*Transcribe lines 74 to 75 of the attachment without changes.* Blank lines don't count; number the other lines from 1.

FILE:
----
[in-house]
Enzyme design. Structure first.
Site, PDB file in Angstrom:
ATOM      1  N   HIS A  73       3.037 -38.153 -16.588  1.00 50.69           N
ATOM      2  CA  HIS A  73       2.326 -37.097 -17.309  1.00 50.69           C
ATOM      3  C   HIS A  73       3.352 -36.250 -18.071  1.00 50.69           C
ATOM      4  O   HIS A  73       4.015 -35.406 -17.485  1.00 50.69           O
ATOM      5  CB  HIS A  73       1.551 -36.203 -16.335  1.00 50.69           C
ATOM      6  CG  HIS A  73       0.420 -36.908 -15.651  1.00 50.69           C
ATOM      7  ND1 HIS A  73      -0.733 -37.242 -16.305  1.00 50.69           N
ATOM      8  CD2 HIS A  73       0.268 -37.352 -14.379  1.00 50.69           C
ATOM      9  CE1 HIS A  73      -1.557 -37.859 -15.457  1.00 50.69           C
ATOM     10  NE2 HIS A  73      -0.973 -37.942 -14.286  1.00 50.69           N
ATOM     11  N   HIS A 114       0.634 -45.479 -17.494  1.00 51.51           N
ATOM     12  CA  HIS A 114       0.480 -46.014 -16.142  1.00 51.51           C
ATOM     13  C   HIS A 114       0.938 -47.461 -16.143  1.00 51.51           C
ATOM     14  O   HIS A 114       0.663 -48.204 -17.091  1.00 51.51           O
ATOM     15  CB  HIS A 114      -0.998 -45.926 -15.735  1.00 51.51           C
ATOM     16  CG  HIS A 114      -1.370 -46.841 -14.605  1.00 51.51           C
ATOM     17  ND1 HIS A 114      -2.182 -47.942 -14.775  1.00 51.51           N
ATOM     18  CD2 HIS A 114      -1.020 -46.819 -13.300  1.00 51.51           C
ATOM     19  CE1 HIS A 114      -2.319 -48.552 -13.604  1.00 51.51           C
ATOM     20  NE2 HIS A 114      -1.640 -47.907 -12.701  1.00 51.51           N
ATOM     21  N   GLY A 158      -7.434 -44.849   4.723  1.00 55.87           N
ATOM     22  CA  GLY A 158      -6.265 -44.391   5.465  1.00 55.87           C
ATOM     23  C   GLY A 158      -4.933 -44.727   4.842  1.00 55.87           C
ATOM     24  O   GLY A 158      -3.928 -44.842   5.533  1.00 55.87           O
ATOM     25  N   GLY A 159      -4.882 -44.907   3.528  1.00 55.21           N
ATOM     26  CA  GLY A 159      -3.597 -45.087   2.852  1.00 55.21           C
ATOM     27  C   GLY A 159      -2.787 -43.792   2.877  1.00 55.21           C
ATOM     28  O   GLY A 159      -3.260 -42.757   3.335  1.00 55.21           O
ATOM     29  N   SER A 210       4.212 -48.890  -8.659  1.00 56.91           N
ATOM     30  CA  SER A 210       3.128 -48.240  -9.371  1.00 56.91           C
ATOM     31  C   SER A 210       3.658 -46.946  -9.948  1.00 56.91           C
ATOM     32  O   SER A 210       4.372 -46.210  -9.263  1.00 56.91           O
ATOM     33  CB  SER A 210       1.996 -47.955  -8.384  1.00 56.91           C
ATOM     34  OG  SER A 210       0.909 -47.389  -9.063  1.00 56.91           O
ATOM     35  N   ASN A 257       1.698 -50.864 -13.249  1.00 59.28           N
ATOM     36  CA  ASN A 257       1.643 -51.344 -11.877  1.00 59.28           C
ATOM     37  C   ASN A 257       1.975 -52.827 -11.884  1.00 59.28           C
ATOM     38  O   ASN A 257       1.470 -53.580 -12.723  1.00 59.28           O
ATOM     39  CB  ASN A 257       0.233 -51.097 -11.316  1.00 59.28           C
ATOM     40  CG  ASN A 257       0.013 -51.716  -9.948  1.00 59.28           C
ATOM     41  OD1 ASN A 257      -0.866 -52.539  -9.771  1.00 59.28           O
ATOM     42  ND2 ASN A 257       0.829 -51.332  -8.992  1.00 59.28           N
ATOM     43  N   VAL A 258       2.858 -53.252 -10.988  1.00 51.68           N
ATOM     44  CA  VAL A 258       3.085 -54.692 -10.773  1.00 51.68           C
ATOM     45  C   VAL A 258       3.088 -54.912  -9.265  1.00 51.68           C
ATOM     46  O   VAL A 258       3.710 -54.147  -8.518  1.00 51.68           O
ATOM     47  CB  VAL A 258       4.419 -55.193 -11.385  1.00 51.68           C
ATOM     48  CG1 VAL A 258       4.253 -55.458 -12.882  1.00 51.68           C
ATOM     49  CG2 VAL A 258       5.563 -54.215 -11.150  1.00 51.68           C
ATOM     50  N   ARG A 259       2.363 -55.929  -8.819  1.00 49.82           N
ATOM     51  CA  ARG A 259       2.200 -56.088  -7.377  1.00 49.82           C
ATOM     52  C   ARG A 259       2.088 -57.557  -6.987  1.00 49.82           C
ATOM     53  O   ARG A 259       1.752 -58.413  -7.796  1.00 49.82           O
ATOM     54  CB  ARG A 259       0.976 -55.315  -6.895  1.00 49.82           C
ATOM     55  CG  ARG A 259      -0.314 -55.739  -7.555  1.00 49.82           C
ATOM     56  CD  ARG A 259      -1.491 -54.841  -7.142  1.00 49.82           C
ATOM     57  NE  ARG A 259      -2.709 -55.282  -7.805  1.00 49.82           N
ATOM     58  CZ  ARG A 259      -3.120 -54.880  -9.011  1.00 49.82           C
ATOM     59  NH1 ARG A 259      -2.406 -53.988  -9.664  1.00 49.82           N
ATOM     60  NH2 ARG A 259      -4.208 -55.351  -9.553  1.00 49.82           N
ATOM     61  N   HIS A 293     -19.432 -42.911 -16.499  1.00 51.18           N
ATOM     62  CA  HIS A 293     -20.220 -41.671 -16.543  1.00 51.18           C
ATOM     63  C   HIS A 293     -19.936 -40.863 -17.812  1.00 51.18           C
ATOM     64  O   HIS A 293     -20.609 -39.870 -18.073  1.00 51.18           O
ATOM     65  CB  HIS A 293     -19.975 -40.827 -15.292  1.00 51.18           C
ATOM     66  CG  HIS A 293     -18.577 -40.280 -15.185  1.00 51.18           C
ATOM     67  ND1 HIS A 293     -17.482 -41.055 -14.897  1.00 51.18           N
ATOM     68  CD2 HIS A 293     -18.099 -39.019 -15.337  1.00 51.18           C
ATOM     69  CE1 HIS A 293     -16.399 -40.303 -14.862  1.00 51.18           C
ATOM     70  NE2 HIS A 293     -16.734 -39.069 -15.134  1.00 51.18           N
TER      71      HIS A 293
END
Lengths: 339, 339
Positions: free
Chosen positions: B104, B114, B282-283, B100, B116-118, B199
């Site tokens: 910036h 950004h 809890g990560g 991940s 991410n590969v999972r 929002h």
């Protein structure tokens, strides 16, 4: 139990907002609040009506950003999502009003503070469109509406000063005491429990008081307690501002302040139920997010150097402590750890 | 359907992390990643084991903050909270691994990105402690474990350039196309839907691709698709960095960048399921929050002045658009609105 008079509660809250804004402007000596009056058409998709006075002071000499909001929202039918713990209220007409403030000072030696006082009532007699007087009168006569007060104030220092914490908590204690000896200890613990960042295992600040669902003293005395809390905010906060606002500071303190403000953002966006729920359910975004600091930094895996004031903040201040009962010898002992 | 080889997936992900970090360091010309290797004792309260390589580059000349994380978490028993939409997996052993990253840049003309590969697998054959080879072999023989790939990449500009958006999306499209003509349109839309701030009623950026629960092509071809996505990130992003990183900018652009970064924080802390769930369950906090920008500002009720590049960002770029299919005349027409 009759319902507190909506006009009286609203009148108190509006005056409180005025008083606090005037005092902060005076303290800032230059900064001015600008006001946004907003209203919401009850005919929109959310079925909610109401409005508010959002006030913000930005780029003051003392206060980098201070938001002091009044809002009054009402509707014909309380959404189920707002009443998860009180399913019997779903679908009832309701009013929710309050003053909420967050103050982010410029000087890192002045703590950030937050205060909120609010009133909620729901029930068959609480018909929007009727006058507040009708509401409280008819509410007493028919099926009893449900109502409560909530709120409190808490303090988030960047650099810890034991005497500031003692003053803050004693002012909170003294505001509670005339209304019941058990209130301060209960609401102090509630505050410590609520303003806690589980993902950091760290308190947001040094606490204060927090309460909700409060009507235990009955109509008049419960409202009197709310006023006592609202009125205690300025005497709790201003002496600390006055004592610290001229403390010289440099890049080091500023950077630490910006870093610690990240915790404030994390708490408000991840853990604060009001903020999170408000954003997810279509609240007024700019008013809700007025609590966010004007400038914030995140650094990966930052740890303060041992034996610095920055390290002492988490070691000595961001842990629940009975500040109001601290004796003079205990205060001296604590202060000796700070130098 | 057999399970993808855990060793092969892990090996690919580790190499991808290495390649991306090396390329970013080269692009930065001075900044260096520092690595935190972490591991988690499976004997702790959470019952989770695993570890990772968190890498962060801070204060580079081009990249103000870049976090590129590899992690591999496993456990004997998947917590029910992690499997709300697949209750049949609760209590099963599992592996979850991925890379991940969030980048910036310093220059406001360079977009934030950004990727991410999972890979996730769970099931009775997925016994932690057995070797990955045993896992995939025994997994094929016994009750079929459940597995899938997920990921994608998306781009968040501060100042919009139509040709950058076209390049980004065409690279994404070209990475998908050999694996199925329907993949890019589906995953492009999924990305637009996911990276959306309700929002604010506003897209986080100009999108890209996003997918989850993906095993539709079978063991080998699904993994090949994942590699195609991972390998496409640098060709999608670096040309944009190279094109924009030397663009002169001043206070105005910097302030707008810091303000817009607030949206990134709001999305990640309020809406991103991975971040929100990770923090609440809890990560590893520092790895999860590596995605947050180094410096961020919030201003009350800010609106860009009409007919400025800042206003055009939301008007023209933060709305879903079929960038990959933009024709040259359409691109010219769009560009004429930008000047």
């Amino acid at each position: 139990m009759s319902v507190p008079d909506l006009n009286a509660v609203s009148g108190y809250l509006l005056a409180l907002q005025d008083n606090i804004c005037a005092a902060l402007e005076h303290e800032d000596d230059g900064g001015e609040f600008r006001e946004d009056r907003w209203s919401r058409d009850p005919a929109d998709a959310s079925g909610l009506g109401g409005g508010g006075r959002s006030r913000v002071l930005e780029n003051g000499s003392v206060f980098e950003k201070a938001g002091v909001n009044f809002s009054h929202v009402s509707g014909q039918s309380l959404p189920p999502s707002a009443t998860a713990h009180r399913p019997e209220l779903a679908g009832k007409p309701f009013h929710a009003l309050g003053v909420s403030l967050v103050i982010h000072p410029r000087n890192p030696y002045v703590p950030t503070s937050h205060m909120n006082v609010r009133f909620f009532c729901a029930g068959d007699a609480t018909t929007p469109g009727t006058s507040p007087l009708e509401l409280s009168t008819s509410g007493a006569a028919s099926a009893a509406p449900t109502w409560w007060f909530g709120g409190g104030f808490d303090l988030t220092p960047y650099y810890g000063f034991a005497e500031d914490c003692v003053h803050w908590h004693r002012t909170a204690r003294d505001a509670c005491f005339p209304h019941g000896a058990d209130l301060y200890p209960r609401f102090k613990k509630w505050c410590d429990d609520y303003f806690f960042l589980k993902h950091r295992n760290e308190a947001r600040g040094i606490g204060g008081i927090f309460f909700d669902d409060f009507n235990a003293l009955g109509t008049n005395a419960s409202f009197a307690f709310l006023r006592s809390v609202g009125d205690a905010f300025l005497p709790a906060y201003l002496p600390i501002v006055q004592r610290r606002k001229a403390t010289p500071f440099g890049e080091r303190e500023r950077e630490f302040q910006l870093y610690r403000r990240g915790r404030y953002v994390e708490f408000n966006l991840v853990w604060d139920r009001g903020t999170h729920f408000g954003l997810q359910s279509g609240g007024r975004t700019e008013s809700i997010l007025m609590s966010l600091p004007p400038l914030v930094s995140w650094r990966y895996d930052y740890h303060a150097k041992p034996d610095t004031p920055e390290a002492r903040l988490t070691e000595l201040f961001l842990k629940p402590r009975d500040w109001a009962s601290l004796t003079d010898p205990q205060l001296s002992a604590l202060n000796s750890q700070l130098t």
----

TER      71      HIS A 293
END